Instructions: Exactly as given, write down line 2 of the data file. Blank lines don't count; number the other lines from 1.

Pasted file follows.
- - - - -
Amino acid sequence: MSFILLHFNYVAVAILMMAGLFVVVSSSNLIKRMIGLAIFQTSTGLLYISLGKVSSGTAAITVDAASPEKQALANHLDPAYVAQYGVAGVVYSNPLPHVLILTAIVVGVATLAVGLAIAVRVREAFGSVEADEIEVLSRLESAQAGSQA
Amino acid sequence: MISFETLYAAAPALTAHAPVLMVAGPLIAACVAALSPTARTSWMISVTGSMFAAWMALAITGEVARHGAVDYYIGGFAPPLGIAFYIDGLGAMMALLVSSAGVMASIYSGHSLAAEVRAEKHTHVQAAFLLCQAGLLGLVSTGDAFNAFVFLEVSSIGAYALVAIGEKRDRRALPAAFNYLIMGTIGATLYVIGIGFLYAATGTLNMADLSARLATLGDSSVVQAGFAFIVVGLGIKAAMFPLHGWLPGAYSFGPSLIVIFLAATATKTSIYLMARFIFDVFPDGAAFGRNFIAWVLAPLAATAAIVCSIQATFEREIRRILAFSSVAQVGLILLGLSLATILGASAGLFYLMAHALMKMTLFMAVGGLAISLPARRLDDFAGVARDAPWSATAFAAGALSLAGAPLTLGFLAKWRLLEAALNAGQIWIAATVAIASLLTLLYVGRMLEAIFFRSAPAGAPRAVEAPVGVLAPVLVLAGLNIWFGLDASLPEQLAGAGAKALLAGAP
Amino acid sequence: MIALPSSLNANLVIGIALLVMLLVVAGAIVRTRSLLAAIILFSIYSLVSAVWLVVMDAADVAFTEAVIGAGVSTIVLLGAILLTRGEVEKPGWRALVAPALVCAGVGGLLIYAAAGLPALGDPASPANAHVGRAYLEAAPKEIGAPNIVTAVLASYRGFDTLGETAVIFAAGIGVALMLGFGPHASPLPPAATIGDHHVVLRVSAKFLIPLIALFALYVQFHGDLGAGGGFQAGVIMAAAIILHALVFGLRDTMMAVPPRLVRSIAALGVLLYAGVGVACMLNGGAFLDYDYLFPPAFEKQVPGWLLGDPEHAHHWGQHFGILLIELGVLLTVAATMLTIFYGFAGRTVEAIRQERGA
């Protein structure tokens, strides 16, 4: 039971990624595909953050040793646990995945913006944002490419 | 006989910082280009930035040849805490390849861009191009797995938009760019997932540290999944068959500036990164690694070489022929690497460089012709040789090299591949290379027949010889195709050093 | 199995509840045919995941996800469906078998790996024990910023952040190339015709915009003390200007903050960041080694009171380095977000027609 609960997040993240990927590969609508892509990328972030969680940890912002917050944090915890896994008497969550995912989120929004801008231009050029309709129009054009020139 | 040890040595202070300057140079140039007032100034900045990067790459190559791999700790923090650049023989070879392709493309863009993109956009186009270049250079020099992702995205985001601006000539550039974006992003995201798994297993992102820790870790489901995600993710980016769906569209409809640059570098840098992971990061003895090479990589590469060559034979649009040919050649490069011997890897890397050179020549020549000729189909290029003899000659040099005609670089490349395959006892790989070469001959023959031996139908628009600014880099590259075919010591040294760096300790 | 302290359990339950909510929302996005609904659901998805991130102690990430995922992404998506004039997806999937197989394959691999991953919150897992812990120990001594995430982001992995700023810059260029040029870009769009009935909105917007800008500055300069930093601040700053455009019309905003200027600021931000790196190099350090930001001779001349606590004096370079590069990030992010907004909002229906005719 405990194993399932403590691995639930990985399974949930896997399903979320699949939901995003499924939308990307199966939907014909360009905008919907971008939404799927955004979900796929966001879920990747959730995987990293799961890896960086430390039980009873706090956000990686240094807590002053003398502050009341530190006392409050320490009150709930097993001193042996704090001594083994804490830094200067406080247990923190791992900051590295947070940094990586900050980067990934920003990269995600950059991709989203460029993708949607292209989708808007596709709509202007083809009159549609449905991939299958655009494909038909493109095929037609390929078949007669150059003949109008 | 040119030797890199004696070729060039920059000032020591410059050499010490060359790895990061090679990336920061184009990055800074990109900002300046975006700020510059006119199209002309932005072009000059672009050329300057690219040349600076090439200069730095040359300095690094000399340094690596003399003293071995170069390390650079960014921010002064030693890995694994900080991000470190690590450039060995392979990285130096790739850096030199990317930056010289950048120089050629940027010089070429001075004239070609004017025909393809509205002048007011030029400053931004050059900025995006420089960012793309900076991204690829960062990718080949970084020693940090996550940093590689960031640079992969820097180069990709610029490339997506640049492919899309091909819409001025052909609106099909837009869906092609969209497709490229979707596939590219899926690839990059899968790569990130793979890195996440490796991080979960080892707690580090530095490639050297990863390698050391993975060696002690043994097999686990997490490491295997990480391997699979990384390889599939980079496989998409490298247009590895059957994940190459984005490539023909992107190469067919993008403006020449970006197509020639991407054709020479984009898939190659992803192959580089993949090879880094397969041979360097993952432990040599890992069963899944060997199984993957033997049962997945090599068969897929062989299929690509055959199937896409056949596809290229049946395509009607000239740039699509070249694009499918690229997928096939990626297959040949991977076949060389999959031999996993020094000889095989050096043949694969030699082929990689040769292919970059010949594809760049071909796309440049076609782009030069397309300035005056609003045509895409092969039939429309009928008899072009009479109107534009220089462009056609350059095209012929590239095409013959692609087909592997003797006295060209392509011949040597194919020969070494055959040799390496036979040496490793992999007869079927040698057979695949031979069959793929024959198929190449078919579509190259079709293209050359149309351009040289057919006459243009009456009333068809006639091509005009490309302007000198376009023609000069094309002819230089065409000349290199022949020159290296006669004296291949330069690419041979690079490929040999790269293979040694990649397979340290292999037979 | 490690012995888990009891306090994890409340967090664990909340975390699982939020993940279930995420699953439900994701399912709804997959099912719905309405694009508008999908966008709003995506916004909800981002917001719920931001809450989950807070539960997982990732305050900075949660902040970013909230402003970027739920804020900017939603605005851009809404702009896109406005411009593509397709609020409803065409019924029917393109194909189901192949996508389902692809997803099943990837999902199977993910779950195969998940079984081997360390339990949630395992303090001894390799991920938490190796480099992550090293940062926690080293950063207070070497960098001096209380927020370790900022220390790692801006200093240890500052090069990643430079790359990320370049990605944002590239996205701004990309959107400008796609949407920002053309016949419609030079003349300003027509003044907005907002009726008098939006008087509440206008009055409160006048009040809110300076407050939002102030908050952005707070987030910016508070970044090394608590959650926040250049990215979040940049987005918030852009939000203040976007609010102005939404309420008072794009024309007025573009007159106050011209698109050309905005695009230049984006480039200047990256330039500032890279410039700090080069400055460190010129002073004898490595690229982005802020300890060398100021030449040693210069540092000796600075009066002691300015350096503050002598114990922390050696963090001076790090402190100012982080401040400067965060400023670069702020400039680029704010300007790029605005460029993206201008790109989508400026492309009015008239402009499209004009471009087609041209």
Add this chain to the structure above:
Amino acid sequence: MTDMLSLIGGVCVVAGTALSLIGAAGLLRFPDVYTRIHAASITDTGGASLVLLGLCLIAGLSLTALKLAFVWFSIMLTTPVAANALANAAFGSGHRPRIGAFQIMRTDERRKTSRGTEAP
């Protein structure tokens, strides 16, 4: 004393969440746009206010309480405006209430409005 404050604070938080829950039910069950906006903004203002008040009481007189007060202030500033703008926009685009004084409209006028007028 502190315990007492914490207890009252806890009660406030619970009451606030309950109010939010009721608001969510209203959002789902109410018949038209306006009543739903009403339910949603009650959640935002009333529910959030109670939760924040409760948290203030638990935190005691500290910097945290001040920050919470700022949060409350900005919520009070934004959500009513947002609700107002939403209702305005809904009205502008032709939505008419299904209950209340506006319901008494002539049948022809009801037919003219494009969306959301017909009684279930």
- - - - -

Amino acid sequence: MISFETLYAAAPALTAHAPVLMVAGPLIAACVAALSPTARTSWMISVTGSMFAAWMALAITGEVARHGAVDYYIGGFAPPLGIAFYIDGLGAMMALLVSSAGVMASIYSGHSLAAEVRAEKHTHVQAAFLLCQAGLLGLVSTGDAFNAFVFLEVSSIGAYALVAIGEKRDRRALPAAFNYLIMGTIGATLYVIGIGFLYAATGTLNMADLSARLATLGDSSVVQAGFAFIVVGLGIKAAMFPLHGWLPGAYSFGPSLIVIFLAATATKTSIYLMARFIFDVFPDGAAFGRNFIAWVLAPLAATAAIVCSIQATFEREIRRILAFSSVAQVGLILLGLSLATILGASAGLFYLMAHALMKMTLFMAVGGLAISLPARRLDDFAGVARDAPWSATAFAAGALSLAGAPLTLGFLAKWRLLEAALNAGQIWIAATVAIASLLTLLYVGRMLEAIFFRSAPAGAPRAVEAPVGVLAPVLVLAGLNIWFGLDASLPEQLAGAGAKALLAGAP